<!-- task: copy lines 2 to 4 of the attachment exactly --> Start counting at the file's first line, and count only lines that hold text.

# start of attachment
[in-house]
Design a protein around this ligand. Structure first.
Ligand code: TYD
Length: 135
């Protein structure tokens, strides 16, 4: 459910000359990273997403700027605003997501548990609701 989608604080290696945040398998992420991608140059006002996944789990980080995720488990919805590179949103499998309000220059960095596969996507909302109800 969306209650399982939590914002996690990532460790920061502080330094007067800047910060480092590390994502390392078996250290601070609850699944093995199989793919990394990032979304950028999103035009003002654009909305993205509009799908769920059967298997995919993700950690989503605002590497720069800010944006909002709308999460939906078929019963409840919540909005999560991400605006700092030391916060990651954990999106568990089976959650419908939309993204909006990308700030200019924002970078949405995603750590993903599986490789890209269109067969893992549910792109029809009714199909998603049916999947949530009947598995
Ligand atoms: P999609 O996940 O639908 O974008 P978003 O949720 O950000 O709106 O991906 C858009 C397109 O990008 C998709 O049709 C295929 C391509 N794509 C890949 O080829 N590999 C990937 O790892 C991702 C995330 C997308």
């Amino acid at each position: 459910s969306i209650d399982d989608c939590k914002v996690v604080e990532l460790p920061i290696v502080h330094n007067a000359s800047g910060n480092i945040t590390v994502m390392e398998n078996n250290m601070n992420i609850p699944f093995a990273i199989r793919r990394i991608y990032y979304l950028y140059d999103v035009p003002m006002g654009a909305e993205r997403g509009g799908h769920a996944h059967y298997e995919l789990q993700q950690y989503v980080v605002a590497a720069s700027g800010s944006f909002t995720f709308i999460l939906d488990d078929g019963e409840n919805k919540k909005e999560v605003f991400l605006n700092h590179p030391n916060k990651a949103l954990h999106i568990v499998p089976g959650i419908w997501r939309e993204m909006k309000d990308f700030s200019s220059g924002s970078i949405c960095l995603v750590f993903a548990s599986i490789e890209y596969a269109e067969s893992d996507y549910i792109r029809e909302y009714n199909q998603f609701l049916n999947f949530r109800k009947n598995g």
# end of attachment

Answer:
Design a protein around this ligand. Structure first.
Ligand code: TYD
Length: 135